21 persons, including 11 militants, were killed and an unspecified number of them injured in military operation and fresh incidents of violence in Swat District on January 22. According to the Inter-Services Public Relations (ISPR)-run Swat Media Centre (SMC), 11 militants were killed and nine injured in Qamber and Koza Drushkhela. The SMC spokesman claimed that a militants’ hideout was destroyed in shelling at Qamber and four militants were killed. Sources added that Security Forces (SFs) also carried out a ground assault in the Koza Drushkhela area of Matta sub-division, the stronghold of Maulana Fazlullah-led militants, and killed seven militants, besides injuring three others. A dumper truck was attacked in the Chamtalai area of Khwazakhela Sub-division by the militants, killing the driver and a passer-by on the spot. In the Terat area, beheaded bodies of two persons, including a prayer leader identified as Khanzada, were found. Assailants also reportedly opened fire at one person, Abdullah, in Kanju Bazaar in Kabal, killing him on the spot and injuring another man. Dawn; Daily Times; The News, January 20-26, 2009.
Punjab Government takes over Jama’at-ud-Da’awa headquarters: The provincial Government of Punjab has taken over the Muridke headquarters of the Jama’at-ud-Da’awa (JuD, the Lashkar-e-Toiba [LeT] front), appointing an administrator to run the schools and medical facilities on the premises, and renaming it Punjab Welfare Institute. The Punjab Government on January 25, 2009, named Khakan Babar, a senior official in the provincial Government, as the chief administrator of the assets at the Markaz-e-Taiba, a extensive facility located outside the provincial capital, Lahore. He will report to the Lahore District Commissioner. "(The administrator’s) job is to ensure that the schools and dispensaries in Muridke can continue to function, and at the same time ensure that the other purposes for which it was being used don’t function," said Pervaiz Rashid, an adviser to Punjab Chief Minister Shahbaz Sharif. The Hindu, January 25, 2009.
US to increase non-military aid to Pakistan and hold Islamabad accountable for FATA security: The new US administration will increase non-military aid to Pakistan, but hold Islamabad accountable for security along the border region with Afghanistan, according to a US foreign policy document released soon after President Barack Obama assumed office. The document – available on the White House website – says, "Obama and [Vice President Joe] Biden will increase non-military aid to Pakistan and hold them accountable for security in the border region with Afghanistan." It also says that Obama and Biden would ‘refocus’ American resources on the "greatest threat to our security – the resurgence of Al Qaeda and the Taliban in Afghanistan and Pakistan". "They will [also] increase our troop levels in Afghanistan, press our allies in NATO to do the same, and dedicate more resources to revitalise Afghanistan’s economic development. Obama and Biden will demand the Afghan Government do more, including cracking down on corruption and the illicit opium trade," it adds. Daily Times, January 22, 2009.
Troops capture Mullaitivu even as 147 civilians among 329 persons killed during intensified fighting in North-East: Troops captured Mullaitivu, as 147 civilians, 105 Liberation Tigers of Tamil Eelam (LTTE) militants and 77 soldiers were among 329 persons killed during the week in North and East Sri Lanka. The pro-LTTE Website Tamil Net quoted the outfit’s sources as saying that 35 Sri Lanka Army (SLA) soldiers were killed and 60 others wounded when the outfit’s defensive formations clashed with the SLA for 24 hours in the North-western frontier of the LTTE-held territory till the SLA was pushed back from Neththaliyaattuppaalam on January 19. Dead bodies of 38 LTTE militants, including 21 female cadres, which had not been accepted by the outfit, were buried in the Vavuniya cemetery in the afternoon of January 20, following a court order received by the Police on January 19. Security Forces (SFs) attacked LTTE camps in the areas east of Puthukkudiyiruppu and northeast and southeast of Mulliyaweli in the Mullaitivu District, inflicting heavy casualties on the militants on January 20. SFs later recovered the dead bodies of nine militants. At least 100 persons were killed in artillery exchanges between military and the LTTE over the preceding week, an unnamed Government official working in the area controlled by the LTTE said on January 22. Mullaitivu District Government Agent Emelda Sukumar told Reuters, "Around 30 people died in the morning today. Personally I saw that nearly 100 people have died from Saturday [January 17] up to today. More than 300 have been injured," Tamil Net, however, claimed that 66 civilians were killed and more than 200 wounded in SLA artillery fire over the preceding three days in Mullaitivu. LTTE sources claimed, further, on January 22, that 40 SLA soldiers were killed and 70 injured as the LTTE’s defensive formations put up stiff resistance against the SLA as it attempted to advance through Kallaaru in the North-western front. Meanwhile, 11 dead bodies of the militants were handed over to the representatives of the International Committee of the Red Cross in Vavuniya (ICRC) and they were taken to un-cleared areas (areas not under Government control) to be delivered to the LTTE by the ICRC. 12 civilians were killed and 87 injured as the SLA continued artillery attacks on the Safety Zone in the Udaiyaarkaddu area of Mullaitivu District on January 24.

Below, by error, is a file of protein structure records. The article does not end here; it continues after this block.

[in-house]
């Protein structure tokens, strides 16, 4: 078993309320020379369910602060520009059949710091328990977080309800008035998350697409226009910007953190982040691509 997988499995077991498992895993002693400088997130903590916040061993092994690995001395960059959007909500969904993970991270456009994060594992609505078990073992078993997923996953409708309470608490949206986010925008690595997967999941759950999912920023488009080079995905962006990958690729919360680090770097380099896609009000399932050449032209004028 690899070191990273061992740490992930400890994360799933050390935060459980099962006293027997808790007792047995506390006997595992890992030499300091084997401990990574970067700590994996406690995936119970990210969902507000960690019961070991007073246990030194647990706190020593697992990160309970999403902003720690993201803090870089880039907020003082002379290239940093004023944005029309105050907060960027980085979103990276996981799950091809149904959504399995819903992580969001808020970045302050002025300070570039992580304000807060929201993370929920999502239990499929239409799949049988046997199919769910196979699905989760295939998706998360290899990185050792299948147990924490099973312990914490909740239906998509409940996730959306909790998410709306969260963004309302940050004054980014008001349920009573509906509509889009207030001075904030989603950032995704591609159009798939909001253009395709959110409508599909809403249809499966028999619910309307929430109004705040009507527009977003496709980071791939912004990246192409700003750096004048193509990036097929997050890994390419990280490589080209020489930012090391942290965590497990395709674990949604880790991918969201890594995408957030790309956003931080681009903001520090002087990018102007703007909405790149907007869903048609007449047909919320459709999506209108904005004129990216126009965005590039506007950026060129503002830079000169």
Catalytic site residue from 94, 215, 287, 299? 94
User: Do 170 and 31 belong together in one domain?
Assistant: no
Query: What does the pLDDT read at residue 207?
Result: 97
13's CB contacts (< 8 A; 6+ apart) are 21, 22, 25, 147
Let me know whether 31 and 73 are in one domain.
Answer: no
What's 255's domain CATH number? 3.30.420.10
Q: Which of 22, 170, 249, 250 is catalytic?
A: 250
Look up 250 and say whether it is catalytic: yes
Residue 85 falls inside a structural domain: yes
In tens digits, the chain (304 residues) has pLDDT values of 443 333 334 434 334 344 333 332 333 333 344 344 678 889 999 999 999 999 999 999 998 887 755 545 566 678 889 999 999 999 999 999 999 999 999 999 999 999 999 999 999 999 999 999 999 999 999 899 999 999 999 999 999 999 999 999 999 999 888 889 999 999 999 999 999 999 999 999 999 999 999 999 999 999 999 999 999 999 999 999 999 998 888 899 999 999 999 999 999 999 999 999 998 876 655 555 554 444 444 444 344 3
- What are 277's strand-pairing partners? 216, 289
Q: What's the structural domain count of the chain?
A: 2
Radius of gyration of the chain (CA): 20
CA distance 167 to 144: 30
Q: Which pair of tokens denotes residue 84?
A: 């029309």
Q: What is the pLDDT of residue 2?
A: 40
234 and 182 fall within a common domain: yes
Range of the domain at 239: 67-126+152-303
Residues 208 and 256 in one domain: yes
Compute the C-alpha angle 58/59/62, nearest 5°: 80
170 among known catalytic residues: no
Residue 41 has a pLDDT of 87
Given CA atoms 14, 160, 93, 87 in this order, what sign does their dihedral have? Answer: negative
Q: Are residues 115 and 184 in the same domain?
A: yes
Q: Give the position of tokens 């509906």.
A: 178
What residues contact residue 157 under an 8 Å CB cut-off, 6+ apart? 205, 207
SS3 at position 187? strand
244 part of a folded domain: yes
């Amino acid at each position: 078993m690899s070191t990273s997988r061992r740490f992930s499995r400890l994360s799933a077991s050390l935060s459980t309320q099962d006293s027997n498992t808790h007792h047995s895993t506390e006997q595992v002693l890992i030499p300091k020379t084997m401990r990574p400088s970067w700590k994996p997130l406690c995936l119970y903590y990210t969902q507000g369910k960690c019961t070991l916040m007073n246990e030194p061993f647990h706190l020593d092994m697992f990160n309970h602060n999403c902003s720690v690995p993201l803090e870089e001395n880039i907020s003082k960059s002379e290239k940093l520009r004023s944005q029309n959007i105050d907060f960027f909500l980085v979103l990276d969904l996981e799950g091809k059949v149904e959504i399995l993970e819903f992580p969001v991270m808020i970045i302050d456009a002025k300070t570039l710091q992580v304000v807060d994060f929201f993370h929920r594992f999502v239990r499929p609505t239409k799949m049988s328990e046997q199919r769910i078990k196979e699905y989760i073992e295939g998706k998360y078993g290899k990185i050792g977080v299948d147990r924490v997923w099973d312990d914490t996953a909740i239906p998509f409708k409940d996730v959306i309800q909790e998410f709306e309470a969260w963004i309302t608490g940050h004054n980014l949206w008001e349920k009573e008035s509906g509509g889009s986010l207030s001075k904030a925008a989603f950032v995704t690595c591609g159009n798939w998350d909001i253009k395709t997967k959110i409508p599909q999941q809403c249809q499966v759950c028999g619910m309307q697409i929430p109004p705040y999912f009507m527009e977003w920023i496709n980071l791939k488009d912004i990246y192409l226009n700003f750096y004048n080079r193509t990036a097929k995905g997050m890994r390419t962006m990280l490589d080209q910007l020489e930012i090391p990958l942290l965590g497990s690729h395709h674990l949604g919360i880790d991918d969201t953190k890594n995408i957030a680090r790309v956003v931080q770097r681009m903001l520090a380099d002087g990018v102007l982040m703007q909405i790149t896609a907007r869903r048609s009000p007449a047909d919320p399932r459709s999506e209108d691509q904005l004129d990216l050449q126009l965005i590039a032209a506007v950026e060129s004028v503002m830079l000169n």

The SFs, meanwhile, achieved a major success on January 25, when troops captured Mullaitivu Town, the LTTE’s most prestigious military stronghold on the Eastern coast. The troops entered Mullaitivu by 1 pm (SLST). Earlier, on January 23, the 59th Division made a major breakthrough in their battle to capture Mullaitivu with the capture of the earth bund (embankment) located four kilometers south of Mullaitivu centre. Army Commander Lt. Gen. Sarath Fonseka announced this victory to the nation in the evening in a special message. Military officials disclosed, "The Tiger stronghold of Mullaitivu fell under Security Forces control after 13 years, with the 59 Division troops under the command of Brigadier Nandana Udawatta entering this strategic stronghold last afternoon." Mullaitivu was among the most prestigious and strategically important townships, comparable to Kilinochchi, Paranthan, Pooneryn and Elephant Pass, which the LTTE had controlled during the two-and-a-half decades long conflict. The Army last controlled the isolated Army camp located in Mullaitivu in 1996, and it was overrun by the LTTE on July 18, 1996.
At least 22 civilians were killed and 60 others wounded as the SLA continued artillery shelling in various localities, including Chuthanthirapuram, Udaiyaarkaddu and Thearaavil in Vishvamadu, inside the 'safety zone' throughout January 25, Tami Net claimed. Sri Lanka Army; Daily News; Tamil Net; Colombo Page, January 20-26, 2009.